4 January 2009

Moderate drinking can reduce risks of Alzheimer’s dementia and cognitive decline but abusing alcohol can damage brain

Moderate drinkers often have lower risks of Alzheimer's disease and other cognitive loss, according to researchers who reviewed 44 studies
Loyola Medicine: 29 December 2008
In more than half of the studies, published since the 1990s, moderate drinkers of wine, beer and liquor had lower dementia risks than nondrinkers. In only a few studies were there increased risks.

"Alcohol is a two-edged sword," said Michael Collins, Ph.D., a professor and neuroscientist at Loyola University Chicago Stritch School of Medicine and lead author of the refereed report in the journal Alcoholism: Clinical and Experimental Research. "Too much is bad. But a little might actually be helpful."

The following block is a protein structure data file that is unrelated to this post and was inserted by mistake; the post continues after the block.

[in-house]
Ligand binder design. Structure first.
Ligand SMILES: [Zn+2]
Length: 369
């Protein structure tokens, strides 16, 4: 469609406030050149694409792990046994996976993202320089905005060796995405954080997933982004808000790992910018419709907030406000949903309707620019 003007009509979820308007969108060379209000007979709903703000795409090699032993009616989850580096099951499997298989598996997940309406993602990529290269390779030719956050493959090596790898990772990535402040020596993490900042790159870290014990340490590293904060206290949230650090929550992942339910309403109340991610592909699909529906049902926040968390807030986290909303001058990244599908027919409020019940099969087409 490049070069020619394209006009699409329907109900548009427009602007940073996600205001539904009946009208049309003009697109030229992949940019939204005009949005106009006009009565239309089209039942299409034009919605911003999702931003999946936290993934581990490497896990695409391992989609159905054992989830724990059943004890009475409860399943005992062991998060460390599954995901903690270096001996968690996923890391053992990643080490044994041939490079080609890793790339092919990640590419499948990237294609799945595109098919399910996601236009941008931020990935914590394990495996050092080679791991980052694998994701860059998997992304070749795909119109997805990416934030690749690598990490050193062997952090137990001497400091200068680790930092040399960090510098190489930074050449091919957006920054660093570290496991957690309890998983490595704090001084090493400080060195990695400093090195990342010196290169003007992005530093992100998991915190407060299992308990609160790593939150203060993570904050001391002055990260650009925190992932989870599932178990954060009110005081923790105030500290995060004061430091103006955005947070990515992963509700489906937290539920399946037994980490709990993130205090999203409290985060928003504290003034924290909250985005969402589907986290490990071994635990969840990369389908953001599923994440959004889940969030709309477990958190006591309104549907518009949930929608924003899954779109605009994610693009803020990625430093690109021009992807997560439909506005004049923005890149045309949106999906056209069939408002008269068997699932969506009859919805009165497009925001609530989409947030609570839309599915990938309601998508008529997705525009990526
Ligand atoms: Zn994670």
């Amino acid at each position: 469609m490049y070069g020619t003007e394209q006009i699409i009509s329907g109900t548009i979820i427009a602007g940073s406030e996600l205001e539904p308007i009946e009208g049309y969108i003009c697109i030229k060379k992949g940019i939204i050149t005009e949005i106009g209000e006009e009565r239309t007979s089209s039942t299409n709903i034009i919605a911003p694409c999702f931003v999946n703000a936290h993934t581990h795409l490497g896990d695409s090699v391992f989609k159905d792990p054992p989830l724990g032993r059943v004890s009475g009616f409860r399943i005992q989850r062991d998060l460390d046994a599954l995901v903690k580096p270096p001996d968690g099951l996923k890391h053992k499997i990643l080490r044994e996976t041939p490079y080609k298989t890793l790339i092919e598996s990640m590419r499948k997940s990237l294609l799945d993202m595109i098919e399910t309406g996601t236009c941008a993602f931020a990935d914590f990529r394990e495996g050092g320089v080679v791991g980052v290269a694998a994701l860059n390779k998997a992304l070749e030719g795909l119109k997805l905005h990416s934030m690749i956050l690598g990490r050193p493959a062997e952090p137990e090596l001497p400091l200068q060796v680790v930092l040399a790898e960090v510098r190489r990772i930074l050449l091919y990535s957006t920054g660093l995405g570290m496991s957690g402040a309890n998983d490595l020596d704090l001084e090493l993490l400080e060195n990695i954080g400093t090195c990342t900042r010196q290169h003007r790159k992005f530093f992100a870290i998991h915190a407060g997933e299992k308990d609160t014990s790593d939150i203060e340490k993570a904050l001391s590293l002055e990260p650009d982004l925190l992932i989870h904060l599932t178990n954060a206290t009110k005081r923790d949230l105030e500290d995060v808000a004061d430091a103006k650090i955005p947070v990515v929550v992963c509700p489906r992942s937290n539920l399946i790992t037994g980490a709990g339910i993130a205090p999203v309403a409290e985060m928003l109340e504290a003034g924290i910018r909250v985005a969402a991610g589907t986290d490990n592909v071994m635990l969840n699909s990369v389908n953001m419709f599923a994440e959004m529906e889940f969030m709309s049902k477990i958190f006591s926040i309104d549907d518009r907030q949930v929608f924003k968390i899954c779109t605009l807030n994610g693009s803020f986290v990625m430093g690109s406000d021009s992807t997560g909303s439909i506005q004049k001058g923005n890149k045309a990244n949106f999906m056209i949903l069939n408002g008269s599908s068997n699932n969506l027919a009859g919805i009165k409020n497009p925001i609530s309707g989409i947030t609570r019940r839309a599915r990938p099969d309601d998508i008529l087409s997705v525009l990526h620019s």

Moderate alcohol consumption generally is defined as 1 drink or less per day for women and 1-2 drinks or less per day for men.

The article will be published in the February 2009 issue of the journal, and is available on line now. The article summarizes a roundtable, organized by Collins, held at the Research Society on Alcoholism meetings in Chicago in 2007. … > full story

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